Some useful definitions of types of pain and the parts that make up the pain experience, as well as evidence that the psychosocial aspects of pain are similar between patients, regardless of the aetiology of their pain. This supports the notion that chronic pain patients can bond over their pain and be treated to some extent as a homogeneous group, although the pain can result from many different issues. I already knew this anecdotally; I follow health bloggers with fibromyalgia and myositis, cystic fibrosis and other respiratory illnesses, Crohn’s disease, Sjogren’s syndrome, dysautonomia, Marfan syndrome, and assorted other health issues, yet aspects of each of their experiences resonate with me.

http://www.bodyinmind.org/cognition-and-pain/

Some research evidence that the anxiety and attention / concentration issues often experienced by individuals with chronic pain are caused by the pain (as opposed to the idea that people who are anxious and/or have poor attention are more likely to develop pain problems). This gives me hope that if I can get my pain under control I will not always feel quite this brain-dead!

http://theconversation.edu.au/good-news-for-chronic-nerve-pain-sufferers-but-it-could-have-been-better-10818

Lyrica (pregabalin, commonly used to treat neuropathic pain) will be covered by the Australian Pharmaceutical Benefits Scheme from March 1st this year, which means it will cost just under $6 compared to the current $80-ish, more than half of which is not covered by private health insurance. I cheered.

http://www.youtube.com/watch?v=AMqMrDLBYro

An hour-long yin yoga routine for the spine. This is my favourite routine from my favourite teacher; I find her accent soothing and her attitude of “whatever you can do is perfect” makes me feel better that, forget my toes, sometimes I struggle to touch my knees!

http://www.xojane.com/relationships/im-pretty-sure-my-loved-ones-are-going-to-murder-me-if-i-dont-start-getting-more-sleep

Ahh, insomnia. Along with pain and fatigue, poor sleep seems to be a unifying symptom among hundreds of different ailments, and certainly one I battle with (and lose) constantly. This is a funny account of life when sleep-deprived. I think I need a ‘sleep troll’ shirt to wear for those days to warn my family.

http://lethargicsmiles.wordpress.com/2013/01/06/life-is-kind-of-like-an-arcade/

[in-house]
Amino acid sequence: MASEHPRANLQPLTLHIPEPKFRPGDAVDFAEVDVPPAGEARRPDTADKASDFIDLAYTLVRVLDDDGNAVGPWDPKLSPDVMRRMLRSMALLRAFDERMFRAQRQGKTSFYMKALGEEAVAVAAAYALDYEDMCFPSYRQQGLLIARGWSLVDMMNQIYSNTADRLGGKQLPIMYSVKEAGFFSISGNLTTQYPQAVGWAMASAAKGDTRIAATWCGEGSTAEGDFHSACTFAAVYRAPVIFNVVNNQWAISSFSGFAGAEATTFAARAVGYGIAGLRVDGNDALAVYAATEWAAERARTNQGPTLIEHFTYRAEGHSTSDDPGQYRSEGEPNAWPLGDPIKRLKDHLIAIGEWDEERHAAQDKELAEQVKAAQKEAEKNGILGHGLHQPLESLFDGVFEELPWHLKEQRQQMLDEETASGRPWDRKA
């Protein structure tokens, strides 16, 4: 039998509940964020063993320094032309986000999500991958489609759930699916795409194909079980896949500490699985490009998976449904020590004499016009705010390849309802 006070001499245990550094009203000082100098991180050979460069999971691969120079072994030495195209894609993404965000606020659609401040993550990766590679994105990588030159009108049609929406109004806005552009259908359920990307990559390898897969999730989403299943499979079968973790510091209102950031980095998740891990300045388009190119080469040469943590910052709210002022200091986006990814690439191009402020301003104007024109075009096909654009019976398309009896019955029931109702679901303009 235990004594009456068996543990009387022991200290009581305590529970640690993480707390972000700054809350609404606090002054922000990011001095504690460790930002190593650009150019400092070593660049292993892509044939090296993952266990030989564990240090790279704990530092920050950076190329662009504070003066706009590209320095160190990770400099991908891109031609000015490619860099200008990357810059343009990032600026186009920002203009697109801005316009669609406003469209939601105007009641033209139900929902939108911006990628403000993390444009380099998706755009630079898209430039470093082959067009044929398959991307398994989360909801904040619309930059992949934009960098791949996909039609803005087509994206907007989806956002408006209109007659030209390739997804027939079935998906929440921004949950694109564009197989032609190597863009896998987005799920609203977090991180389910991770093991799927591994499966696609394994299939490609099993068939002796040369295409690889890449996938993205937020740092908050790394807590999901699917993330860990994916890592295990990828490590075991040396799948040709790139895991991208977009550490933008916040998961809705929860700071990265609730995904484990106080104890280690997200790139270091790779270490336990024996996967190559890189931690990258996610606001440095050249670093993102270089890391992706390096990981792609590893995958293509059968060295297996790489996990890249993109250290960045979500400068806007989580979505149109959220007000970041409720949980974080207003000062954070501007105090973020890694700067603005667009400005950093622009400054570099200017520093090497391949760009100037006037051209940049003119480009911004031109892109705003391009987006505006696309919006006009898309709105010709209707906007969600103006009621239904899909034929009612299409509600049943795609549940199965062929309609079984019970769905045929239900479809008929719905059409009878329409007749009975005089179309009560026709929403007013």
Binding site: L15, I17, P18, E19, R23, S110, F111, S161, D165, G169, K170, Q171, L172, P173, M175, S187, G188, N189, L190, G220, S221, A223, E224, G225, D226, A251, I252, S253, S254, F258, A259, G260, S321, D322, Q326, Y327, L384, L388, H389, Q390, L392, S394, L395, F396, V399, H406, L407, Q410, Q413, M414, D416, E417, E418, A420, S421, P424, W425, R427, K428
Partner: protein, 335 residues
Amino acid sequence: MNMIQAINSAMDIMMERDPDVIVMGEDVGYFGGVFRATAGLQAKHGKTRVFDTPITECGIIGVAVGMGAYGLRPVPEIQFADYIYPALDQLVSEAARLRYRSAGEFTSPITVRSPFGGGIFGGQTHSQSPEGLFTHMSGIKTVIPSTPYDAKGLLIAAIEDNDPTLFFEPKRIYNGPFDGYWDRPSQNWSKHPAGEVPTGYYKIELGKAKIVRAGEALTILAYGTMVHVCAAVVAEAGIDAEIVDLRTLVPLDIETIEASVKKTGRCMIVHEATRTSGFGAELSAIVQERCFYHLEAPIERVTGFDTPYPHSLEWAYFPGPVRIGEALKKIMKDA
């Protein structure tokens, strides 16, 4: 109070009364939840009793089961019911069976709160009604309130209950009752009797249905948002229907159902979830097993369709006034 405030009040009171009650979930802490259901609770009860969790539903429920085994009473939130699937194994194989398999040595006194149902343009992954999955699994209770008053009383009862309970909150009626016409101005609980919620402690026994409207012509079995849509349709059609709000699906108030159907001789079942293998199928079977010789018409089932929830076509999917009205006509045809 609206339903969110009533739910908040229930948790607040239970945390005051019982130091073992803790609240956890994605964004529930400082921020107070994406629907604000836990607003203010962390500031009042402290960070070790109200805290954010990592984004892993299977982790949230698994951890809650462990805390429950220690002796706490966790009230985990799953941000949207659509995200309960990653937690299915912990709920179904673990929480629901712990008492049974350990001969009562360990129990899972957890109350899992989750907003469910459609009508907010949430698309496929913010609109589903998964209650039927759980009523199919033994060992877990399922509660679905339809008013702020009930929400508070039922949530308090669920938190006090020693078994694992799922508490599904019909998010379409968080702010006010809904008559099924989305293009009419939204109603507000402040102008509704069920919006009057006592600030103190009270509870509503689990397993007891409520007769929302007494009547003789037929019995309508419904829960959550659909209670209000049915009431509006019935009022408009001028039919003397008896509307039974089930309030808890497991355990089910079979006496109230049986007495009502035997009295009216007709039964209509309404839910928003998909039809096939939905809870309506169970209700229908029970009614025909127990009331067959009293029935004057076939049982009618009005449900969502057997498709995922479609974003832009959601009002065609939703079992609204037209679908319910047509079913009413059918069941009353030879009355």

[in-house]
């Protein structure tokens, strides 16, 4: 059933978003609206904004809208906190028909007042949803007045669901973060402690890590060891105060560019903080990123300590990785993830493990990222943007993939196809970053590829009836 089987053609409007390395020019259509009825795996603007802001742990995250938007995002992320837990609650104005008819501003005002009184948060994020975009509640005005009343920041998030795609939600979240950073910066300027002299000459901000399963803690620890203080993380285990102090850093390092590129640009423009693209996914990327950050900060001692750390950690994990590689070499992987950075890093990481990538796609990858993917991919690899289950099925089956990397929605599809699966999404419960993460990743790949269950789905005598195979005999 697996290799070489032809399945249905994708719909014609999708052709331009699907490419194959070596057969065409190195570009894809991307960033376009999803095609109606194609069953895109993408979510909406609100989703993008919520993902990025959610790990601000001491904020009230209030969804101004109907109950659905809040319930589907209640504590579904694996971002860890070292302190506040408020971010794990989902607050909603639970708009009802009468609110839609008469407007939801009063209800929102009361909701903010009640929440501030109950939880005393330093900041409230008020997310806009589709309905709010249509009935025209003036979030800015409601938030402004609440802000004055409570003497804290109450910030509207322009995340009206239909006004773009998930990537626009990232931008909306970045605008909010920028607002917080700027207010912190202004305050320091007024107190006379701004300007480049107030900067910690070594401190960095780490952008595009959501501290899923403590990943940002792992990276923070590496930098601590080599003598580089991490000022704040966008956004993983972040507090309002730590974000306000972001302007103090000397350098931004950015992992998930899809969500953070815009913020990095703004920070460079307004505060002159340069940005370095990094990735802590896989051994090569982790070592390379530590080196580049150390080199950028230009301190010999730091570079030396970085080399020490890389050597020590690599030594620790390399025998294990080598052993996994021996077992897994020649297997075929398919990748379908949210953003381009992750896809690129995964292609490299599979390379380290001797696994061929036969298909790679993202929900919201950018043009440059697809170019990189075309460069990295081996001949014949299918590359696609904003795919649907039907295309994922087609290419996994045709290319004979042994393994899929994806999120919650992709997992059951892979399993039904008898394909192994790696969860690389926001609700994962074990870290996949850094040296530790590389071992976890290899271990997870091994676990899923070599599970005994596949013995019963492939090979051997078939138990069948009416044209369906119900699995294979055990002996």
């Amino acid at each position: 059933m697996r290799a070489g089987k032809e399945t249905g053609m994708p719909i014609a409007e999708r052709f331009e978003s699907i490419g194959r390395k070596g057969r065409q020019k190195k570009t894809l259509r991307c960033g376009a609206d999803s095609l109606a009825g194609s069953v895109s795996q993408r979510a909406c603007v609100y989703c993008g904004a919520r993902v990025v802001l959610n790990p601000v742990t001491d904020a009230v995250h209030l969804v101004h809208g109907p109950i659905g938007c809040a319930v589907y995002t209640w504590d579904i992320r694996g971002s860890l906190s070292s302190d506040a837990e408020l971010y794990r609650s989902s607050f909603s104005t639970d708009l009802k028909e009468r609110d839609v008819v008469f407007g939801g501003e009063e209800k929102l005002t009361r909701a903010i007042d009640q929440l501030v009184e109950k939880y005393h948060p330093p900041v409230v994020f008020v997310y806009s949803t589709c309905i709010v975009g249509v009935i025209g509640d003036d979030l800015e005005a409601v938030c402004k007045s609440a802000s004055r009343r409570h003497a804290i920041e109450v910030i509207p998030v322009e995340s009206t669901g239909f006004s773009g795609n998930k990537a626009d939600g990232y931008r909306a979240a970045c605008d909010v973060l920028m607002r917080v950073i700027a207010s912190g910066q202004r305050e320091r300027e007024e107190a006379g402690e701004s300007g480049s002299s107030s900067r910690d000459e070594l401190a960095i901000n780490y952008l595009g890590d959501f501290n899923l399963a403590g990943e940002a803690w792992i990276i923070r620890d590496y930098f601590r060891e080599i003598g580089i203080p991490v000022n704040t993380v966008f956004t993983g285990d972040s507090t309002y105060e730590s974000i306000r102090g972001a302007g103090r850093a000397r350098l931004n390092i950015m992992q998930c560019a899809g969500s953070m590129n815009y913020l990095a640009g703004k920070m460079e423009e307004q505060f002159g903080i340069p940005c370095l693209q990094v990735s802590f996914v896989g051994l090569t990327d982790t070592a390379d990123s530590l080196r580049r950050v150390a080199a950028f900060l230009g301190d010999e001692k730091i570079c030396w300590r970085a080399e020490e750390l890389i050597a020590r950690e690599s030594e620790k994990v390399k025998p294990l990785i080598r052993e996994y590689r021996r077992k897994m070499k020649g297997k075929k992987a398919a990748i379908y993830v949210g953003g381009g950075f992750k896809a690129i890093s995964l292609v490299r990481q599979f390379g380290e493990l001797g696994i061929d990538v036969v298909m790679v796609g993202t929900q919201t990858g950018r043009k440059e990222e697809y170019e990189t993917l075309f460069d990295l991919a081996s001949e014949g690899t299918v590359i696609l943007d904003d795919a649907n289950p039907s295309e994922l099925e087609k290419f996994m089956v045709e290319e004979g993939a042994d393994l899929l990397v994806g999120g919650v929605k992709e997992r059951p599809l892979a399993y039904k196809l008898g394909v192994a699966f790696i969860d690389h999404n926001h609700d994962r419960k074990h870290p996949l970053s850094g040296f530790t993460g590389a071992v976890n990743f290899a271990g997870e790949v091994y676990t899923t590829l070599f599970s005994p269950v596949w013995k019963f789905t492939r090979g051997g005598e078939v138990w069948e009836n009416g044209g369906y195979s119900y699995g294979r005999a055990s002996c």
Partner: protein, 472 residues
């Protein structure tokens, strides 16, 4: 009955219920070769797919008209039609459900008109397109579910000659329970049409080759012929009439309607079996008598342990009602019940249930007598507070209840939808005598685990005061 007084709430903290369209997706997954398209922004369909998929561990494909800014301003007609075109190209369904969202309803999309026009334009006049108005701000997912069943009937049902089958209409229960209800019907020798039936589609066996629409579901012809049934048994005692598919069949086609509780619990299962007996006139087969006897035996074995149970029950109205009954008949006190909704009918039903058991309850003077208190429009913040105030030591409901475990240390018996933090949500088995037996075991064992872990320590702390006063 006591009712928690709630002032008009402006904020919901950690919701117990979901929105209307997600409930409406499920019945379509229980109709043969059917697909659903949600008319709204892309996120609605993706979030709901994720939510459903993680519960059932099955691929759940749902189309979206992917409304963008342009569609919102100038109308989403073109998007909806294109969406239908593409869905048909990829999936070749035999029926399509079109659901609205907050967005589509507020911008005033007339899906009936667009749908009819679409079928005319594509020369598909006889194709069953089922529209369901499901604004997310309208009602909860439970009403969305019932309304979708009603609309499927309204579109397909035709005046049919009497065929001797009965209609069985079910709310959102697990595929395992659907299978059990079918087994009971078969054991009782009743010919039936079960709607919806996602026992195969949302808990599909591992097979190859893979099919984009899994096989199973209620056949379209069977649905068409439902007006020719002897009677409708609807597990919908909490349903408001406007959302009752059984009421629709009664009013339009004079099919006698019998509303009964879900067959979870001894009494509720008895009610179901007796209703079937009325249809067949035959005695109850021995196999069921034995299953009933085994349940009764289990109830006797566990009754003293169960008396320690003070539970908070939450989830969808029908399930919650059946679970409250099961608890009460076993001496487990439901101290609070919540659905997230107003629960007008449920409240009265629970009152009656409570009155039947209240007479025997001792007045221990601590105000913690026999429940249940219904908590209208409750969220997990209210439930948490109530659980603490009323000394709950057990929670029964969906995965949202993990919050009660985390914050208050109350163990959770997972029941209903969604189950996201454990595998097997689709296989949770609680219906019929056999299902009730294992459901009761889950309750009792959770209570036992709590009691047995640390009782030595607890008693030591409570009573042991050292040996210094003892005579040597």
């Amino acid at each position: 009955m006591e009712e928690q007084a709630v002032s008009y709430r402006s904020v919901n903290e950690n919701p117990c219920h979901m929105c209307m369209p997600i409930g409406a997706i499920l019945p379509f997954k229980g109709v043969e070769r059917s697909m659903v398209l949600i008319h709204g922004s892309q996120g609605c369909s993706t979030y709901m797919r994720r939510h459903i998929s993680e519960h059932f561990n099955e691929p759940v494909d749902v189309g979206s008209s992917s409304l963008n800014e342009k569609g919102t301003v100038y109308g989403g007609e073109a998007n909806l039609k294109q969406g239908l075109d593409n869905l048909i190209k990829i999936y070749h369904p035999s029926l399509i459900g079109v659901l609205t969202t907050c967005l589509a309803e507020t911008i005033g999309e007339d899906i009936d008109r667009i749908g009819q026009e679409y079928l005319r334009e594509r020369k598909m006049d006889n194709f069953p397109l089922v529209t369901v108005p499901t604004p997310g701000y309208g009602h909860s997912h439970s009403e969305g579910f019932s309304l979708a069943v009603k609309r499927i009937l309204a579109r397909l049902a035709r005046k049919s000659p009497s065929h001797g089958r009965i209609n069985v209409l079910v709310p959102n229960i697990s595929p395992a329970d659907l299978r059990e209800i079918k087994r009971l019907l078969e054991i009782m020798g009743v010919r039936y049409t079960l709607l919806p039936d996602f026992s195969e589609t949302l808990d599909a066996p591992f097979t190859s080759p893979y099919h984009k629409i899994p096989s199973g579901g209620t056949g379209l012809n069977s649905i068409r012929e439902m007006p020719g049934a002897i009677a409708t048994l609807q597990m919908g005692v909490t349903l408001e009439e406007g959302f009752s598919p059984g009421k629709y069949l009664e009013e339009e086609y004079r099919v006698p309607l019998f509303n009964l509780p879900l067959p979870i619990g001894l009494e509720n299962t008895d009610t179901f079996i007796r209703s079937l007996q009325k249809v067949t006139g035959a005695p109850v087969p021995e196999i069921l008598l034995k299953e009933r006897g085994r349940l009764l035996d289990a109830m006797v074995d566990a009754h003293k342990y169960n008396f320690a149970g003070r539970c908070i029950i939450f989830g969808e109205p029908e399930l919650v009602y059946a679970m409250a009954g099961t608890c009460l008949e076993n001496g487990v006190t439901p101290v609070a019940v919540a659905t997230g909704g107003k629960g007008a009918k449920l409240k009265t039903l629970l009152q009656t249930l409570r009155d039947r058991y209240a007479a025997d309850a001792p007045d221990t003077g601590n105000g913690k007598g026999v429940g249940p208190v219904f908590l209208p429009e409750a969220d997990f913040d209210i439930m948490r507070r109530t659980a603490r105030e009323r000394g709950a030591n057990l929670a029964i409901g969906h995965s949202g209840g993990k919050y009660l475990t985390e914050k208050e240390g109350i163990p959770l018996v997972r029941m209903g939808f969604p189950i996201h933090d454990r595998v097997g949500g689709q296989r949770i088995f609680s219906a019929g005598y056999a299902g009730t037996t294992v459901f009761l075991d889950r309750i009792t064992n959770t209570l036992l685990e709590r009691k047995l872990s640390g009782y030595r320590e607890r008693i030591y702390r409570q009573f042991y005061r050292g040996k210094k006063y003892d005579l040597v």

This is a great expansion of / alternative to the Spoon Theory – a way to explain to others how living with chronic illness limits your resources. My friend and I refer to our ‘credits’ rather than spoons.

http://25pillsaday.wordpress.com/2013/01/16/an-animated-version-of-my-sick-week/

This made me laugh so hard, and I wanted to share the love for anyone who hasn’t already seen it. Sometimes, when you’re sick and feeling awful, cute and funny animals gifs are the best medicine.

Sick Day.

Weary, weary.

I am having one of those bone-crushing, limbs-made-of-concrete, too-tired-to-walk-across-the-bedroom-for-my-meds days. Which is made even more frustrating by the fact that I’m not even in much pain today. This should be a good day, where I catch up on chores and walk to the shops, and instead, it’s 3:50pm and I’m still too tired to shower. Washing my hair seems about as achievable as climbing a mountain right now. I am hungry and home alone and too tired to prepare food.

I realise sharply, on days like this, that although I tend to think of myself as having ‘a stuffed back’, or sometimes as having chronic pain, what I actually have is an illness, of which my back problems are only one symptom. The largest, most inconvenient, and most life-altering symptom, definitely, but taken together my health issues are more complicated than that.

Most of the time my other problems are minor: skin rashes and eczema, hair loss, poor temperature regulation, low blood pressure, dizziness, nausea, vomiting, reflux, diarrhea, constipation, profuse sweating, shortness of breath, heart palpitations, tremors, Reynaud’s phenomenon (purple feet with white toes), occipital neuralgia (migraine-like symptoms from a neck issue), other joint pain. Each of those things in isolation, although irritating and occasionally debilitating, is largely manageable, so I often focus on the minor problem occurring at the given moment and lose sight of the fact that each piece is part of a bigger picture.

For the last week or so, my brain fog has been particularly bad. I’ve kept losing words on the tip of my tongue, forgetting why I entered a room or opened a browser window or the fridge or picked up my phone, started a sentence only to leave it hanging mid-air while I panic, eyes darting, trying to retrieve my thought. Sometimes I can piece it together, sometimes it comes back the next day, sometimes it is gone for good and I worry it was important.

When my lovely, articulate, intelligent brain – the brain I count on to get me through my course and into my profession, to keep me who I am, to make me who my partner and family and friends love – is failing me;

When my body, despite having nothing obviously wrong with it, is overwhelmed by the simplest tasks;

When this happens, on days like today – more than in hospital, hooked up to IVs, with fresh surgical scars and scans and doctor’s appointments – I feel sick.